7th Sunday of Easter or Feast Day of Ascension of our Lord Jesus Christ Reflection

Image retrieved from the Laudario of Sant’Agnese; Pacino di Bonaguida (Italian (Florentine), active about 1303 – about 1347); about 1340; Tempera and gold on parchment; Leaf: 44.4 × 31.8 cm (17 1/2 × 12 1/2 in.); Ms. 80a (2005.26); No Copyright – United States (http://rightsstatements.org/vocab/NoC-US/1.0/)

The popular praise and worship Gospel Song, Lord I Lift Your Name on High by songwriter Rick Founds encompasses the totality of God’s plan for salvation history in a great song that one can teach their young children, especially as we explore the mystery of Jesus’s Ascension into Heaven. Our end goal is of course to recall the mystery and miracle of Jesus’s ascent to go and be with His Father, which is also our ultimate goal while here on earth. Jesus did indeed come to the earth to show us the way to His Father God and “from the grave to the sky, Lord I lift your name on High” is a message that we Christians should always boldly proclaim on our life’s journey (Lord I Lift Your Name On High | Divine Hymns Contemporary Songs).

Florentine artist Pacino di Bonaguida’s image is a great reflection piece that portrays our own sense of mission as followers of Jesus with His apostles having their eyes fixed to heaven. Our own human condition reveals that same imagery as our ultimate eschatological and ontological goal as being made in the image and likeness of God is to always yearn for the day that we ultimately be in complete communion with God in heaven one day.

Our choice through our very will is to either praise His mighty works as exemplified in Psalm 47 in which “God mounts the throne amid shouts of joy” or to turn our eyes elsewhere toward those things in life that are not of God.

The optional lectionary reading from Ephesians chapter four proclaims our mission in which some our called through the grace of Baptism and our calling in life to be apostles, prophets, evangelists, pastors and teachers to equip holy ones to build up the body of Christ (Eph 4:11-12). The Good News from Mark’s Gospel, is a great Gospel passage that firmly states our sense of mission, purpose and urgency. In the Great Commissioning of the Apostles, Jesus the Christ states the following, “Go into the whole world and proclaim the gospel to every creature. Whoever believes and is baptized will be saved; whoever does not believe will be condemned” (Mk 16: 15-16).

By our very free will we have the option of having our body and soul glorified with our merciful God and Father in Heaven, or we can choose the path of condemnation and a potential life without God. It is our choice and responsibility to use His grace and His love which are gifts given to use and His love is unlimited no matter where we are at in life. It was by His ultimate sacrifice in which His blood was poured out for us as an expiation for the sin of all mankind by acknowledging we are finite creatures dependent on a higher power and higher calling. Our call of course is to always have our eyes fixed upon Heaven as our final destination on our journey as spiritual human beings.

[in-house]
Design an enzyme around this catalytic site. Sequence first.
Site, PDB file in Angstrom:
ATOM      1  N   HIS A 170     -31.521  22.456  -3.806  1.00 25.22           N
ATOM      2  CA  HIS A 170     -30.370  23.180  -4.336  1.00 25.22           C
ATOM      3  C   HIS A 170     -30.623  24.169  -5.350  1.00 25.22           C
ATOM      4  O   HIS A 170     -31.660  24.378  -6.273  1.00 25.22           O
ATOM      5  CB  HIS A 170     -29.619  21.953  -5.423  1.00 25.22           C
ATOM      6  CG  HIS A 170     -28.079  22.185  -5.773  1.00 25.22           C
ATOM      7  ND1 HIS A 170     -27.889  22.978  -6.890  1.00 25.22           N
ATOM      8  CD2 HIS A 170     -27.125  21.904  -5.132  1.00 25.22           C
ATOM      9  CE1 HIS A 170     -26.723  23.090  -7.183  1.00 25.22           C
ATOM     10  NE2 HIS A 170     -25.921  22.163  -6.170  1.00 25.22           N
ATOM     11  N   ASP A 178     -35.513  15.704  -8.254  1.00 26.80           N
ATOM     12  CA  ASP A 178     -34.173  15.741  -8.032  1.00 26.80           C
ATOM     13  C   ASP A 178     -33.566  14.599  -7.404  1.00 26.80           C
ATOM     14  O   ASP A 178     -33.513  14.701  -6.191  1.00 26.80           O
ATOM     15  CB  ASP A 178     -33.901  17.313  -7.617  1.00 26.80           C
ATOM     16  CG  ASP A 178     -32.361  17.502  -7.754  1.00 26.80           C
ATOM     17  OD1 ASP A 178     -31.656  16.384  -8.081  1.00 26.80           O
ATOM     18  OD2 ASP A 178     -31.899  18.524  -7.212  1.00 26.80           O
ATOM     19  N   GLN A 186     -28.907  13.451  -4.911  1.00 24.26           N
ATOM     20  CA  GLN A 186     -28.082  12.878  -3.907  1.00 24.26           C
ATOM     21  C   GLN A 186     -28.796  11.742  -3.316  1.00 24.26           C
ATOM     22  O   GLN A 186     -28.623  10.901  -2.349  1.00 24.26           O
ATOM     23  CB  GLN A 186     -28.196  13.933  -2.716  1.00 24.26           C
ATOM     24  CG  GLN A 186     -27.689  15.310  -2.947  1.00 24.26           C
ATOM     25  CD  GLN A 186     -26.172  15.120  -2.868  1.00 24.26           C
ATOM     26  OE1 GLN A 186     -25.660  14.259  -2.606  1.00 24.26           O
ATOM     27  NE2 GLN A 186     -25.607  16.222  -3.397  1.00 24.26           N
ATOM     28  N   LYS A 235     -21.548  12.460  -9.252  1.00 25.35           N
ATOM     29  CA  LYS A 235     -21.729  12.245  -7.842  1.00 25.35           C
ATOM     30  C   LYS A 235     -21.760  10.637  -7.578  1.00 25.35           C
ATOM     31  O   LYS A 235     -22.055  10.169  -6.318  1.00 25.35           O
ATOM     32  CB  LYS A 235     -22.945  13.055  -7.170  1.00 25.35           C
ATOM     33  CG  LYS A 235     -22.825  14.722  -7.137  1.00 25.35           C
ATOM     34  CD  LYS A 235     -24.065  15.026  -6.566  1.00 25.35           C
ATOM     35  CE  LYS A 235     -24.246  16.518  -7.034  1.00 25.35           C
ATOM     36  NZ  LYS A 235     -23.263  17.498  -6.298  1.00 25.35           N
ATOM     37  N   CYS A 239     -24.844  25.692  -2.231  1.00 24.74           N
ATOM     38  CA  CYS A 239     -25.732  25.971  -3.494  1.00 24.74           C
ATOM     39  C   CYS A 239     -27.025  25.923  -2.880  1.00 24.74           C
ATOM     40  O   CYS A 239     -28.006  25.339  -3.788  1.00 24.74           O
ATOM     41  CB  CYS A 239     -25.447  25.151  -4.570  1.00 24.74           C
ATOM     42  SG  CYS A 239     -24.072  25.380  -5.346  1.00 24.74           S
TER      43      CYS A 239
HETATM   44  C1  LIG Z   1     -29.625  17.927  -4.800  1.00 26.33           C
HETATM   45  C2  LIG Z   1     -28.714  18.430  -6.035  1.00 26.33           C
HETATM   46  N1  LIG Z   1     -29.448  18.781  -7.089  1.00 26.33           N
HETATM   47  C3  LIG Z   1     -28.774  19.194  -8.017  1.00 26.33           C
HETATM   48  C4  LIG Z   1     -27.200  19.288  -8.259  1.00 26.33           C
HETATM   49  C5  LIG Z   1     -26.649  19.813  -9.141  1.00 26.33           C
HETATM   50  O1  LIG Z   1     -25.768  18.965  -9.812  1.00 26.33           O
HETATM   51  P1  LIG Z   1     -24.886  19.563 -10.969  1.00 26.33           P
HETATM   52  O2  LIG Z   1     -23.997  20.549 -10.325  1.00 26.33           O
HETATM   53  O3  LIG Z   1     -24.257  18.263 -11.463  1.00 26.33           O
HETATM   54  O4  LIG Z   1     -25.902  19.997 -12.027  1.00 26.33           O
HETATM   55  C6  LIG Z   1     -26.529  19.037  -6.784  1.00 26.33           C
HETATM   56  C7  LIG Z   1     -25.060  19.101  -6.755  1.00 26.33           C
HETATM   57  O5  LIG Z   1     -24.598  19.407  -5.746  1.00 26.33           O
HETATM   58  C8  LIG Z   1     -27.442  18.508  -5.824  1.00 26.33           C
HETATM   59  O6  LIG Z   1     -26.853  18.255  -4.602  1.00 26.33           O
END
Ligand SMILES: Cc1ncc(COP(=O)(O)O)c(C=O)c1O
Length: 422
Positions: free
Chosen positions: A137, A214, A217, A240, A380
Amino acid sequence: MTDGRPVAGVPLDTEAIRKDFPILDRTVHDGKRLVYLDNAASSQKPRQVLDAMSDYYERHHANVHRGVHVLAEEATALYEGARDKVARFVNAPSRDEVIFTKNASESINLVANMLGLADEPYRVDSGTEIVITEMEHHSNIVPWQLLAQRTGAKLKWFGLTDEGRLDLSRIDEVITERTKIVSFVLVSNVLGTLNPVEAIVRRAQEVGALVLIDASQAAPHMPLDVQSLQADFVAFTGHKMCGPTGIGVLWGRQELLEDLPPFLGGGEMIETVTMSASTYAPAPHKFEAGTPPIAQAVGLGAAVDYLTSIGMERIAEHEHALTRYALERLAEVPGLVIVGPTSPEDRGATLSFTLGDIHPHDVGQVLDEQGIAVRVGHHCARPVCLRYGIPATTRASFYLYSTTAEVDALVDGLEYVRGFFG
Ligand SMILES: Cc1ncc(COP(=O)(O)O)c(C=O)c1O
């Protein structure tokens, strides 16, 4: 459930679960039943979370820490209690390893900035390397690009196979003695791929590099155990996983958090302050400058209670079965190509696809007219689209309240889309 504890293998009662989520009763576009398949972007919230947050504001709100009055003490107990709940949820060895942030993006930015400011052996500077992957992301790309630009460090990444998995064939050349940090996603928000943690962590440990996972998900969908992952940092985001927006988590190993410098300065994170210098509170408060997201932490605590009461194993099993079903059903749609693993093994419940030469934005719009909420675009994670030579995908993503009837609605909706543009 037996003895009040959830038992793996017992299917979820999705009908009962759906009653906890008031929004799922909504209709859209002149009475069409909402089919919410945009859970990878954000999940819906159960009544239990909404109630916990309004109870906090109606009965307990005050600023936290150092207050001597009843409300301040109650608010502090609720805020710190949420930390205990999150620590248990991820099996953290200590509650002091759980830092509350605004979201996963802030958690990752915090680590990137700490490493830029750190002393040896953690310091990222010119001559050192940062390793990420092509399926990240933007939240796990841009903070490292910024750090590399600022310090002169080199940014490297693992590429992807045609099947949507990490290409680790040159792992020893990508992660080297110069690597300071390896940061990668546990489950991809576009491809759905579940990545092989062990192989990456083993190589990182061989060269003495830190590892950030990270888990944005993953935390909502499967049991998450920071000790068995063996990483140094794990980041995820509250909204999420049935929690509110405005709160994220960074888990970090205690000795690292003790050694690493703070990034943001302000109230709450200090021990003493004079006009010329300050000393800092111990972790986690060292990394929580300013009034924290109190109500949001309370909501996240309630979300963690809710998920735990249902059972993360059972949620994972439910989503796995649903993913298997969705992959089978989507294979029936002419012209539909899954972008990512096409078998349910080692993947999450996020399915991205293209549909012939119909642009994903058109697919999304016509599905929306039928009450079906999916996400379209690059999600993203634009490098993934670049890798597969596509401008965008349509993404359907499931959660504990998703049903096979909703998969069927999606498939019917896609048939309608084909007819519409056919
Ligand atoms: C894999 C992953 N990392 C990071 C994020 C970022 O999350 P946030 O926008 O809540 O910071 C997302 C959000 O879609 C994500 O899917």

Let us remember that no matter how difficult our life may be while here on earth, we must remember that Jesus, God’s Son made flesh for the world, gave His life over to Sin and defeated such destruction. He showed us the way as a reminder that we will never be abandoned and should not lose hope. His kingdom is both on earth and in heaven and one day we should anticipate His coming and most benevolent judgement. We are an Easter people and a path to mercy and salvation is open to us through the mission of the Church which is each one of us through our calling as a Christian people. We must be good stewards of His earthly kingdom, ushering in a call to conversion, repentance and action-filled relationships with our Lord. We don’t want to be caught off guard and not recognize the Son of Man when he comes again. It is through prayer, reading of scripture and the seven spiritual and corporal works of mercy that will more closely unite us with our beloved Lord as most in life truly yearn for His loving embrace.

As Saint John of The Cross proclaimed so eloquently in his writings”

As each soul nears heaven differences will dissolve to such a sublime extent that when the heart looks upon any object in this world it will cry ‘Beloved’ and passionately run into an embrace with me (Editor Starr, Mirabai (2008). Devotions, Prayers & Living Wisdom Saint John of the Cross. Boulder, CO: Sounds True Inc.).

The popular Gospel praise and worship song

Published by StreetEvangelist

A Roman Catholic Christian living in the TX, USA area seeking to make the world a better place. Our call to mission as being made in the image and likeness of God is two-fold: to have authentic relationships with our fellow man, and to have an authentic personal encounter with our living God through His Son Jesus Christ who is, who was and who will always be. Let us not bicker, spew hate, or worry about trivial matters when we can become better images of our self to walk humbly with our loving God.

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